Blood-brain barrier (BBB) compromise and transendothelial migration of HIV-infected leukocytes into the central nervous system (CNS) underlies the neuropathogenesis of HIV-1 infection. How this occurs is incompletely understood. We used a proteomic platform integrating difference gel electrophoresis and tandem mass spectrometry peptide sequencing to determine the effects that HIV-1-infected macrophages have on human brain microvascular endothelial cell (HBMEC) protein profiles. HIV-1 infected monocyte-derived macrophages (MDM) induced the upregulation of over 200 HBMEC proteins. These included metabolic, voltage-gated ion channels, heat shock, transport, cytoskeletal, regulatory, and calcium binding proteins. Results were validated by Western blot analysis. We conclude that HIV-1-infected MDM affect the HBMEC proteome and, in this way, affect BBB dysfunction and the development of HIV-1 CNS disease.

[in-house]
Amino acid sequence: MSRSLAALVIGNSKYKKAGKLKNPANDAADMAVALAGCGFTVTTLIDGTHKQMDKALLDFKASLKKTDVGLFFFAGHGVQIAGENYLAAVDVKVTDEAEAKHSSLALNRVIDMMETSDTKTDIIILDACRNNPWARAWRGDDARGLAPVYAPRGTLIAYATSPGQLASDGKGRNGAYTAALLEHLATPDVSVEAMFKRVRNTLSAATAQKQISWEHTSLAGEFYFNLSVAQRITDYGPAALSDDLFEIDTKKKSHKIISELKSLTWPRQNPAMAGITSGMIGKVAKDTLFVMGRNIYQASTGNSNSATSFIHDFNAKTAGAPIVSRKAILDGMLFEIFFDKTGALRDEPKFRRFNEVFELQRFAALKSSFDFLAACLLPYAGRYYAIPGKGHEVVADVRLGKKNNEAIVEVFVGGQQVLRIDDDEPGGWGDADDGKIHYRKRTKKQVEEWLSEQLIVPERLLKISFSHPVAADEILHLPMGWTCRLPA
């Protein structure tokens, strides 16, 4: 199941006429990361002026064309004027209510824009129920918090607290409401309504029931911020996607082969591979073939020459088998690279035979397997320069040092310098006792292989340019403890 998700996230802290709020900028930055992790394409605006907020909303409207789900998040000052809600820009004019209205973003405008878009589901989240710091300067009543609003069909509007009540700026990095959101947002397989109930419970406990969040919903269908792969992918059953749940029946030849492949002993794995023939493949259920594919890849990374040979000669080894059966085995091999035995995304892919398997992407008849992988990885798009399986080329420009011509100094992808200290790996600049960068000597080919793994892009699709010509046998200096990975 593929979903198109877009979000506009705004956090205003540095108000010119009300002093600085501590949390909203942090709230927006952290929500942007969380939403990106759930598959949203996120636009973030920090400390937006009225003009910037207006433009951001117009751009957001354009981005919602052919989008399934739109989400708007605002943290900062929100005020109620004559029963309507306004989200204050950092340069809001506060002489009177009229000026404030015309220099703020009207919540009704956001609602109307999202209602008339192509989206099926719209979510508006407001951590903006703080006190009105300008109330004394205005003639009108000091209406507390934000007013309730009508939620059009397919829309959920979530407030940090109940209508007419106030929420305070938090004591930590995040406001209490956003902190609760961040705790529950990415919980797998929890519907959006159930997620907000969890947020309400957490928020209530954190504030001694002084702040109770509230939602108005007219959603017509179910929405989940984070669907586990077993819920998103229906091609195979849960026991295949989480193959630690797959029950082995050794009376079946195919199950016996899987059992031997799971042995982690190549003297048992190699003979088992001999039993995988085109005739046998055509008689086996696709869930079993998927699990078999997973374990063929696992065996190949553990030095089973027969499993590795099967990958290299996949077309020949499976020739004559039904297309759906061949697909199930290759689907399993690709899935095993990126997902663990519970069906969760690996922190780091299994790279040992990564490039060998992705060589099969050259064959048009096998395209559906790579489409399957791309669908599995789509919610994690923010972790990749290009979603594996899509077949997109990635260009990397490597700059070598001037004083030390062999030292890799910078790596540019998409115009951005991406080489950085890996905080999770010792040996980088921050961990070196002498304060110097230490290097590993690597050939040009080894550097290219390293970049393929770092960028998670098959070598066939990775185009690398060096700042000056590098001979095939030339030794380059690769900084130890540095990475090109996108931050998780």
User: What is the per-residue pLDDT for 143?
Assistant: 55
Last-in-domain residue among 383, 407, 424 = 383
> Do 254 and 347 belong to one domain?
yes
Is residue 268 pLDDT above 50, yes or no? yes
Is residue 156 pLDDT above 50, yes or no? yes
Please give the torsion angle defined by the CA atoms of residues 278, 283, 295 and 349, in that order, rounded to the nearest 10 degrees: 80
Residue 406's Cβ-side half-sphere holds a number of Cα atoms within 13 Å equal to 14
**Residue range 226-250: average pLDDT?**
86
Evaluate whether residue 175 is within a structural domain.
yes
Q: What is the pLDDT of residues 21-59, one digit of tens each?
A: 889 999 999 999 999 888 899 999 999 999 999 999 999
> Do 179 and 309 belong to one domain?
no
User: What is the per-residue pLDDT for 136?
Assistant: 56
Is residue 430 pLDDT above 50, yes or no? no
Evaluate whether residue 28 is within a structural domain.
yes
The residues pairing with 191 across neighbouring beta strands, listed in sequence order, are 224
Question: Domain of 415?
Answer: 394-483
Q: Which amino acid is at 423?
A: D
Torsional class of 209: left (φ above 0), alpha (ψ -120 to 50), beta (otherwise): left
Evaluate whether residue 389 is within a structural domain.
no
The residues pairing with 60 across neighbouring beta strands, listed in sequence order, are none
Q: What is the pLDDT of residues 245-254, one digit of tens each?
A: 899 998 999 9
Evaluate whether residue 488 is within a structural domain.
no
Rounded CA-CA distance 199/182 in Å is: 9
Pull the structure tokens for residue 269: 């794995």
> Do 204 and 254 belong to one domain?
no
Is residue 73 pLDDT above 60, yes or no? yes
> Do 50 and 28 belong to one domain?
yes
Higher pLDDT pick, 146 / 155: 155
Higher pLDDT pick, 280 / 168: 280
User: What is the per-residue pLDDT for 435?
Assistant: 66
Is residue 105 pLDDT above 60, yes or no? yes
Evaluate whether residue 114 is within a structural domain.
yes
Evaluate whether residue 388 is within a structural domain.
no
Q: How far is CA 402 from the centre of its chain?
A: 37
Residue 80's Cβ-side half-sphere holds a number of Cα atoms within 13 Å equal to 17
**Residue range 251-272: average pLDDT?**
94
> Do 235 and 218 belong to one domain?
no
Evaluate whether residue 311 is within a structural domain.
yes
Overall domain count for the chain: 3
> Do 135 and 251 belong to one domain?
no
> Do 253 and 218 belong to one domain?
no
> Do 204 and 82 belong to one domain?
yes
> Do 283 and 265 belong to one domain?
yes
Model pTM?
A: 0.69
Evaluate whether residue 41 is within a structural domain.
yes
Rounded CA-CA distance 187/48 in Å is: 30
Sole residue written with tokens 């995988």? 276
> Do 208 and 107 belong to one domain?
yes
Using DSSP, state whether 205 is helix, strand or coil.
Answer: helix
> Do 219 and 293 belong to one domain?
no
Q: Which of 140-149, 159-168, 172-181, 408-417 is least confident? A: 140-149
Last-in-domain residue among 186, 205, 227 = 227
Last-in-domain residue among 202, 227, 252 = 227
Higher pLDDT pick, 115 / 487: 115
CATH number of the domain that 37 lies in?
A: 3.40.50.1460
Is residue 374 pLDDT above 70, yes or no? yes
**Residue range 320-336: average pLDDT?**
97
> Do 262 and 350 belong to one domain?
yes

- 2D difference gel electrophoresis
- Human brain microvascular endothelial cells
- Human immunodeficiency virus
- Monocyte-derived macrophages
ASJC Scopus subject areas
- Immunology and Allergy
- Clinical Neurology